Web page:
Continue to persevere

Continue to persevere

Haley Menghini

The air glides right by my skin as I leap off the block with every bit of me. Three days prior, I missed my state cut by a few tenths of a second. Now, at the second shave meet, I have the same gut feeling that I’ll miss it again by just that much. I continue to glide through the water thinking about getting to that time of a 59.99 in my 100 yard butterfly. I hit the wall with an exhausted body, knowing that when I look up at the board, the time that appears will fall short of what I’ve been striving for the last two years. Coincidentally my eyes read the 1:00.48, forty nine one-hundreths short of going to state with the rest of my team. 

   That outcome became the defining moment of my whole junior-year season. It didn’t matter that I had put months of practice in, or woke up at 5:15 in the morning to get some yards in, or that I had a season best time. All that mattered was after months of strenuous self-inflicted pressure, I missed my state cut. The more degrading piece… I qualified the year before. 

   This kind of self perceived failure can do a lot to an individual. I couldn’t help but think I did something wrong, I didn’t train hard enough, or I didn’t put my all into a race. 

   What people don’t see in athletes, especially individualized sports, is the mental battle that they fight on and off of the field, track, court, or pool. It’s just not talked about because we’re forced to push that piece aside and be “mentally tough.” But what happens when you have an actual chemical imbalance in your brain, or repetitive thought process that you have no control over? When you can’t just push that battle aside because it’s affecting every aspect of your life? 

   All people saw in that race was simply the fact I swam a race and missed my cut. They didn’t see me crying in my car on the way home from the meet. They didn’t see me scrolling through social media the following weekend upset because all of my teammates were posting pictures of how much fun they were having, and I wasn’t there. They didn’t see the toll it took on me for the next six months.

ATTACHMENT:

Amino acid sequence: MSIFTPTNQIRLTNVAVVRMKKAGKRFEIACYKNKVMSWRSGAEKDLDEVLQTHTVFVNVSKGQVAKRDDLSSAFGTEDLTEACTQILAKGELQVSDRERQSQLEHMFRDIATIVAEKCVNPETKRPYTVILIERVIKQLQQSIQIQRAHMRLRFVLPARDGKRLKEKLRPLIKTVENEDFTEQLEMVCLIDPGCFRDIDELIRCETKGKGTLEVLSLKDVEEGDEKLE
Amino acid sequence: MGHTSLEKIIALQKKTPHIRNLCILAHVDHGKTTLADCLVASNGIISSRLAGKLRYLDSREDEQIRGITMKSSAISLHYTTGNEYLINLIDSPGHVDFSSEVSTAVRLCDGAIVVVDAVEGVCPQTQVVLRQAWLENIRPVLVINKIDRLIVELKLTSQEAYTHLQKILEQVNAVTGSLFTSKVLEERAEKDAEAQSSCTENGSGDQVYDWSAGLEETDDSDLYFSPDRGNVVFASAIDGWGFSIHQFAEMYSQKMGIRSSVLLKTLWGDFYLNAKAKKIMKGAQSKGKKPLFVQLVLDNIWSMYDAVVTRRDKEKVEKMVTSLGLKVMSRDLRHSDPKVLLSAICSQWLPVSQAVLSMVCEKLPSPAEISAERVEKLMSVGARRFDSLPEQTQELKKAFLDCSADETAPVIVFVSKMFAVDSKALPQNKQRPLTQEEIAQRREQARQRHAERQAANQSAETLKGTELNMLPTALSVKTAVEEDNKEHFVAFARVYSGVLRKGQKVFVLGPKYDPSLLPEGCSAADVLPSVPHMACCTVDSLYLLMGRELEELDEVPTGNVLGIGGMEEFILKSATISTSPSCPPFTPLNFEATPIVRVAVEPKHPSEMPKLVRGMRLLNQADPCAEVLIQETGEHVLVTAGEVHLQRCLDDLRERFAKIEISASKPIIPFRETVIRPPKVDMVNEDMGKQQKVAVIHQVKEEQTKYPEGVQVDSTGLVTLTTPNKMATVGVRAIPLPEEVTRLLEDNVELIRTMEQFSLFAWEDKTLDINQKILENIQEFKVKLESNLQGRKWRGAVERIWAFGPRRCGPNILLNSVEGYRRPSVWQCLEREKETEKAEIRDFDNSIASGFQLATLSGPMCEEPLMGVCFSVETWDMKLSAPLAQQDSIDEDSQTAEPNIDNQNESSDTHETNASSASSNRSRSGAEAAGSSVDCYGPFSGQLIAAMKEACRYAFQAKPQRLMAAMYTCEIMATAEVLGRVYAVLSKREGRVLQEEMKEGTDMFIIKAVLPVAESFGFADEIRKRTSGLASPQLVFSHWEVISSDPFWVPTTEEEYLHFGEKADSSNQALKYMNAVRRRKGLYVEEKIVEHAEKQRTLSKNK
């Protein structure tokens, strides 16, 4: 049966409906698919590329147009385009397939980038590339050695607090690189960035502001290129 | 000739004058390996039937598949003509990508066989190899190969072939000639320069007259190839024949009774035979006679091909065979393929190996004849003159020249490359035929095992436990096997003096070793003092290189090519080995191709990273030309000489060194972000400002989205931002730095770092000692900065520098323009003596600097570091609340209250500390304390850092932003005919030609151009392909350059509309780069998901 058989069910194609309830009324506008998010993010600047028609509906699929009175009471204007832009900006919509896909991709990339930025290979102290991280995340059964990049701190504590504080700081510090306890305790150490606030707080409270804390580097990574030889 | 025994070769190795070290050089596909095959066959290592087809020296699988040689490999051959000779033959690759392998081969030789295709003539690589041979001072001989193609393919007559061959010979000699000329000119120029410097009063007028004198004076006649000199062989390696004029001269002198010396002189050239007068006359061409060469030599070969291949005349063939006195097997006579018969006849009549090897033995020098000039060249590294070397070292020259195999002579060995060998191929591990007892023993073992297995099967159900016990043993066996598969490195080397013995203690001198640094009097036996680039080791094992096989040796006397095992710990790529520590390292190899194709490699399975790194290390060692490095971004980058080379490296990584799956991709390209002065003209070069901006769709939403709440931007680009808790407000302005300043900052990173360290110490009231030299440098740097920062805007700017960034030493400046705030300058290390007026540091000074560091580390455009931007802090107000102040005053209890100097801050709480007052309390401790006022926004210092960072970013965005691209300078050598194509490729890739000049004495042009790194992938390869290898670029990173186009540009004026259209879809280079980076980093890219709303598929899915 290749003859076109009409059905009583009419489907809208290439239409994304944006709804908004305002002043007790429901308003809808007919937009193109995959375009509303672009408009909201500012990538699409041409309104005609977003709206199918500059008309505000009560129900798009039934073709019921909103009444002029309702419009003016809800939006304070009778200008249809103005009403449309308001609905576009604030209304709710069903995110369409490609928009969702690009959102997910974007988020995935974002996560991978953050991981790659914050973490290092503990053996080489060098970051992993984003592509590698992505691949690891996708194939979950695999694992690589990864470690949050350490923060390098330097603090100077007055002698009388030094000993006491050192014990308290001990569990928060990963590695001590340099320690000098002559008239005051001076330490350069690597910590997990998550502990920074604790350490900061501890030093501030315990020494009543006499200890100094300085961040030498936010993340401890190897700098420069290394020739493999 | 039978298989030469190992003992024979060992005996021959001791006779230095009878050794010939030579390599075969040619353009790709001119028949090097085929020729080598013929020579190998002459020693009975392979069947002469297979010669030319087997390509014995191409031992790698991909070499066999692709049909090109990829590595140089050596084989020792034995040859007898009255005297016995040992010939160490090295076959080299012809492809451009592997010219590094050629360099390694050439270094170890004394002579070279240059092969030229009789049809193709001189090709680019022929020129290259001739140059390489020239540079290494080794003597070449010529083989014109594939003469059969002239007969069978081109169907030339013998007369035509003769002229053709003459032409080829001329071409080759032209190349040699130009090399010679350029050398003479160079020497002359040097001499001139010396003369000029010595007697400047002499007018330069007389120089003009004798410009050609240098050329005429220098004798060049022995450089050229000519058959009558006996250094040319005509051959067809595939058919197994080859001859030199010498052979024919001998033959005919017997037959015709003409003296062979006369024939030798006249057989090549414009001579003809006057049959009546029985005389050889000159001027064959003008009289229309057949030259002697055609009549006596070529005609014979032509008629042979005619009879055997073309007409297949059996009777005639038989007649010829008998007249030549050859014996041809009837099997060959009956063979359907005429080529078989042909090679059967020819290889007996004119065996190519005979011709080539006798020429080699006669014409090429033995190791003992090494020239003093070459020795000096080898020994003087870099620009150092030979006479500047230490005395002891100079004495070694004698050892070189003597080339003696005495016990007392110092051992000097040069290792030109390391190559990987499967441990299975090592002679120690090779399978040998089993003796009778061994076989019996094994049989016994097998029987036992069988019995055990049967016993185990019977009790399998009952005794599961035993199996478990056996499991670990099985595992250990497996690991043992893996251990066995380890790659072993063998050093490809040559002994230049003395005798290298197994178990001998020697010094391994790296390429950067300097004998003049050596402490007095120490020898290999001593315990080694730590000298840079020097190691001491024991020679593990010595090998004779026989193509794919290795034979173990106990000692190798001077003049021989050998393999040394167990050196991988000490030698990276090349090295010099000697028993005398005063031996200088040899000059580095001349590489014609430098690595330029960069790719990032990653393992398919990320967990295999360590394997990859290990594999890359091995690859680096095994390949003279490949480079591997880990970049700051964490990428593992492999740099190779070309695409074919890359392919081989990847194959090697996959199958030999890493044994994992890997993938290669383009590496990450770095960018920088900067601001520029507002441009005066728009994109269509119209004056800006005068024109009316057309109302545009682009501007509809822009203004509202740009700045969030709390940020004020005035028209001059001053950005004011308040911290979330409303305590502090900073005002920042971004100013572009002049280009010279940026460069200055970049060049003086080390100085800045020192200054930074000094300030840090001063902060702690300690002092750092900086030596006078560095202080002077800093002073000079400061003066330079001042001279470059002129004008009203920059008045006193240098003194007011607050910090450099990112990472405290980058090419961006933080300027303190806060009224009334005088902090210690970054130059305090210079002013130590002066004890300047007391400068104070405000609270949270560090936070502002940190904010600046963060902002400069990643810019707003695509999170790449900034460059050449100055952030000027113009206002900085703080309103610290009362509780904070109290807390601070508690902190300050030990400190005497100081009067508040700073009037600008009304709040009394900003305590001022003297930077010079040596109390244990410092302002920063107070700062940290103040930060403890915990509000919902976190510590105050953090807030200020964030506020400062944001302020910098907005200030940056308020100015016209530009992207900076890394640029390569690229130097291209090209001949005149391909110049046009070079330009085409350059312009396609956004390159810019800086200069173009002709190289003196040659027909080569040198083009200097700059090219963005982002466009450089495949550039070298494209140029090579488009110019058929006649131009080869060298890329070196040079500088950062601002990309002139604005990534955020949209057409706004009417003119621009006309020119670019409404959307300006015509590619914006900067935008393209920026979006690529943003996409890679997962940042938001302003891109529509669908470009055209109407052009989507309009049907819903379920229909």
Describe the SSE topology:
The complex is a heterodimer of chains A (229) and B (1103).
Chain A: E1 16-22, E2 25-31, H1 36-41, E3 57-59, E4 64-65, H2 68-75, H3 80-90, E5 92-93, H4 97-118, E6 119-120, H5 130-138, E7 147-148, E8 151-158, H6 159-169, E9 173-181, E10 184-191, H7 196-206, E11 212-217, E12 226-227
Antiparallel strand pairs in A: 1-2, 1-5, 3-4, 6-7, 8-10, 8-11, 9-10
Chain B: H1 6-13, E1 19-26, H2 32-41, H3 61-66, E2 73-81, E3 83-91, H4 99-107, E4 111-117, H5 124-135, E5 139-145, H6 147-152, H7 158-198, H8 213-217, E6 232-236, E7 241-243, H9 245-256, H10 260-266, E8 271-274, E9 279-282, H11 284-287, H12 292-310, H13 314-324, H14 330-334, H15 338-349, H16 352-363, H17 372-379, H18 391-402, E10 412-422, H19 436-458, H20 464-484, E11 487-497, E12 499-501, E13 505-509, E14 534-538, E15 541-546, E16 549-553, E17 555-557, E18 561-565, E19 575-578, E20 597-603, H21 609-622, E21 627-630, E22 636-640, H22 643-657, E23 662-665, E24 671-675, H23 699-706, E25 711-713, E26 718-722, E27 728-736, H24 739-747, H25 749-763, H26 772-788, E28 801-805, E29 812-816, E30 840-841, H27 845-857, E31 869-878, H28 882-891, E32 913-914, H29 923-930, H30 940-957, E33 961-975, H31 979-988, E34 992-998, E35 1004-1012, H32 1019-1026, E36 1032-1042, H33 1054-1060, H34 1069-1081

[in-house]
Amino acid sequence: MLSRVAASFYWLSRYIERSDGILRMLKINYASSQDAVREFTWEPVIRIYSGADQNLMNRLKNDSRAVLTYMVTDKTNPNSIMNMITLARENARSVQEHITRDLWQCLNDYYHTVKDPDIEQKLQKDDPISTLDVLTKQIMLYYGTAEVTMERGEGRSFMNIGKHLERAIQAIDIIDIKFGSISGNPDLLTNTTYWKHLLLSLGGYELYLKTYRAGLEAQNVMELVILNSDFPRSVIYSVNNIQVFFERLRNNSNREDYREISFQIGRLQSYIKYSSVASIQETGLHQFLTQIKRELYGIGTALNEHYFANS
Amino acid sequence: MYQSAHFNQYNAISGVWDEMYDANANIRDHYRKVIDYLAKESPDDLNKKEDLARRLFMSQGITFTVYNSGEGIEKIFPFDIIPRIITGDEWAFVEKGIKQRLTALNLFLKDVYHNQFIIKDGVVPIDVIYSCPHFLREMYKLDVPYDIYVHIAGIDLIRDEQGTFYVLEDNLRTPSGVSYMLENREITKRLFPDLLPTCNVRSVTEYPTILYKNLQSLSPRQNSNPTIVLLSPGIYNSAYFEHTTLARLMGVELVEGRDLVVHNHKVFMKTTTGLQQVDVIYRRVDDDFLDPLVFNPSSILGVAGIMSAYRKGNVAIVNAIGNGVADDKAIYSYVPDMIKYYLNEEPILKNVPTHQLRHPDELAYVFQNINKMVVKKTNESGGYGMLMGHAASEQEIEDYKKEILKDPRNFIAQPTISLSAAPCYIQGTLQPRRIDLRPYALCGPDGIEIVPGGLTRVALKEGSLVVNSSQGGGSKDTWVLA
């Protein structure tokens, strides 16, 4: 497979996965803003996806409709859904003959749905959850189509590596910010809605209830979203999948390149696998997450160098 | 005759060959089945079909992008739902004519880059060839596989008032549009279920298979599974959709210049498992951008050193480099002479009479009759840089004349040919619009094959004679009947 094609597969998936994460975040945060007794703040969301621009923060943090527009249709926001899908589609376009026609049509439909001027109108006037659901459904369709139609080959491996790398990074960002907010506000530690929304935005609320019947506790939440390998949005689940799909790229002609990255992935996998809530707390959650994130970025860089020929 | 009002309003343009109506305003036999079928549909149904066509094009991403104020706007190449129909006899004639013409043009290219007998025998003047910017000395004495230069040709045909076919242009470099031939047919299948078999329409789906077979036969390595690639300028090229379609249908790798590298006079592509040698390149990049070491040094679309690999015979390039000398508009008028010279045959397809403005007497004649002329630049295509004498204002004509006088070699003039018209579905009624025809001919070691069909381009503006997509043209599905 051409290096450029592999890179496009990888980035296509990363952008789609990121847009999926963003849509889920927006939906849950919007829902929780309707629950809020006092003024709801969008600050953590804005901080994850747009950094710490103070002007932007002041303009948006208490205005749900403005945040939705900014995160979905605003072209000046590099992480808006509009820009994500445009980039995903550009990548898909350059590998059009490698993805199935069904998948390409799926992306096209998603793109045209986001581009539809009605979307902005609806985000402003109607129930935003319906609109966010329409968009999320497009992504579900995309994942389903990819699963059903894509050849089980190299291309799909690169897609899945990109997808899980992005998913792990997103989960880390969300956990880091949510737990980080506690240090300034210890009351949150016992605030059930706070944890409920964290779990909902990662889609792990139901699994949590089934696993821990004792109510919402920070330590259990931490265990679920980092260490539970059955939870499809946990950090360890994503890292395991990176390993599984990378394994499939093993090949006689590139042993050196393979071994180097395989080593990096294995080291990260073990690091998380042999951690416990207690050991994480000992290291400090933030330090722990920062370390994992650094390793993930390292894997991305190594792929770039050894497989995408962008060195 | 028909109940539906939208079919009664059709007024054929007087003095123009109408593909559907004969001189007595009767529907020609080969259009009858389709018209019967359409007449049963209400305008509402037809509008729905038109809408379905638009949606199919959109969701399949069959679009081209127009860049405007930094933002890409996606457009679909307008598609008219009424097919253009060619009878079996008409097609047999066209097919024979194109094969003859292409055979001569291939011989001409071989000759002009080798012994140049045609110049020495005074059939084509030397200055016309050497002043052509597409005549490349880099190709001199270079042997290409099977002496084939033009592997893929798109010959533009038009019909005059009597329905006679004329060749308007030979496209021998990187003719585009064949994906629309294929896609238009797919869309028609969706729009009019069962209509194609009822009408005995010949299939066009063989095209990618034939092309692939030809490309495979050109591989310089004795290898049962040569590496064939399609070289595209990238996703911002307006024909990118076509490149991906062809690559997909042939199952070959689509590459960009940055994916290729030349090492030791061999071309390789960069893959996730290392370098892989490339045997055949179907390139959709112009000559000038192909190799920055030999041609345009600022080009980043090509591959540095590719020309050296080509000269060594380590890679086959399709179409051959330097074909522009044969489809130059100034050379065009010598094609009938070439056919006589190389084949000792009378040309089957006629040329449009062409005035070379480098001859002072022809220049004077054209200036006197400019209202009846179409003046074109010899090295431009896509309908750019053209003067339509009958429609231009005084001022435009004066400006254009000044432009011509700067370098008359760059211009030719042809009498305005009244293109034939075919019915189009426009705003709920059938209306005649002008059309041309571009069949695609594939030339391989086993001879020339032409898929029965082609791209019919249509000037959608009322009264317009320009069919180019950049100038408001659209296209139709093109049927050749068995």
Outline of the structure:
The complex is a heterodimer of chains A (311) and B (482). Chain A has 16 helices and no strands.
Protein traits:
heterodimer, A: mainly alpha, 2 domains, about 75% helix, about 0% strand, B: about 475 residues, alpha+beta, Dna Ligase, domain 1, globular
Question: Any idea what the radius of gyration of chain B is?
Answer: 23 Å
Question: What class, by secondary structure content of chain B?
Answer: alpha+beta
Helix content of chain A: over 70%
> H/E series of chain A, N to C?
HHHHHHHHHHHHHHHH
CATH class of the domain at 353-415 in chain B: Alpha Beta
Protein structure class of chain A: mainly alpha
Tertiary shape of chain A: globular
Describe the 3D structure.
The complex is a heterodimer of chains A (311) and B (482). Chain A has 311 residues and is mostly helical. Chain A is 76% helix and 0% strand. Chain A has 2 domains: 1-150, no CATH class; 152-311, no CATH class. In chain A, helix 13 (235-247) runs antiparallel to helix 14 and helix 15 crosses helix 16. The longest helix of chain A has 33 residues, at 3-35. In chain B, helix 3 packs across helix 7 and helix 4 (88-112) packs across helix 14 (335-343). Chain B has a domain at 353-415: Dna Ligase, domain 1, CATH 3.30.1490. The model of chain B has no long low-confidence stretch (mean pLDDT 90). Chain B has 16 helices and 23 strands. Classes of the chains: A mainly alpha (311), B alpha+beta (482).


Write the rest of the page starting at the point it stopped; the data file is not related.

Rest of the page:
But my former teammate Ian Miskelly once said, you “Continue to persevere.” Ian lived by this quote religiously. He was one of those individuals that you would never know had an internal battle constantly. He claimed multiple state championships, national qualifying times, and a scholarship to swim at the University of Michigan. All while accomplishing these things, he fought depression. Like I said, you would have never known because he was lifting others up, laughing at practice, and keeping up with his schoolwork. 

   That’s the issue. Athletes become masters at hiding their emotions and finishing the job in front of them, despite what may be going on inside their mind. I’ll admit, I’m guilty of it. I try to hide my anxiety, because unfortunately society deems me “weak” if I were to show it after a bad race. Though that constant struggle gets to be too much and there seems to be no way out.

   That’s exactly how I felt. Trapped. Eventually I learned to accept that I missed my state cut junior-year because it got to be too much. Not because I did something wrong, or wasn’t enough. I often find myself explaining to people that anytime I got into the pool I felt like I was swimming with a gun to my head. I simply just couldn’t handle that type of self-inflicted pressure anymore, and that IS okay. No individual should have to suffer through that kind of pressure alone. 

   After losing my former teammate (Ian Miskelly) to depression, I quickly realized that the conversation about mental health needs to be had. It’s difficult, and it’s scary. Especially when society places a toxic stigma around “mental issues.” A “mental issue” is a chemical imbalance in the brain, just like cancer is the reproduction of abnormal cells in the body. Depression is a disease just like cancer, and it needs to be treated, not abandoned. 

   I came forward about my struggle with anxiety to my teammates earlier this year, but on September 10 I went completely public with it. I had individuals reach out to me and thank me for being open about it because for the first time they didn’t feel alone in what they were experiencing. We need more of that. We also need to recognize that just because someone has a good day, doesn’t mean that tomorrow is going to be the same. 

   I’m still learning to navigate my thought process on and off of the pool deck. I’m in the midst of my senior year and I couldn’t help but think about all the pool time I lost due to the pandemic and apply that to the outcome of my season. I went into our conference championship doubting my abilities with the same gut wrenching feeling that I was going to miss my cut again, and I did. I struggled with the idea that for the second year in a row I was going to be the only girl in my senior class to not go to the state meet. But, just like Miskelly, I continued to persevere through every negative thought and qualified for state at our last chance meet. 

   Mental health struggles are not easy, and they never will be. As a community, let’s seek to understand. Mental health disorders are more common than you may think. Especially amongst the people who seem to do nothing but achieve success.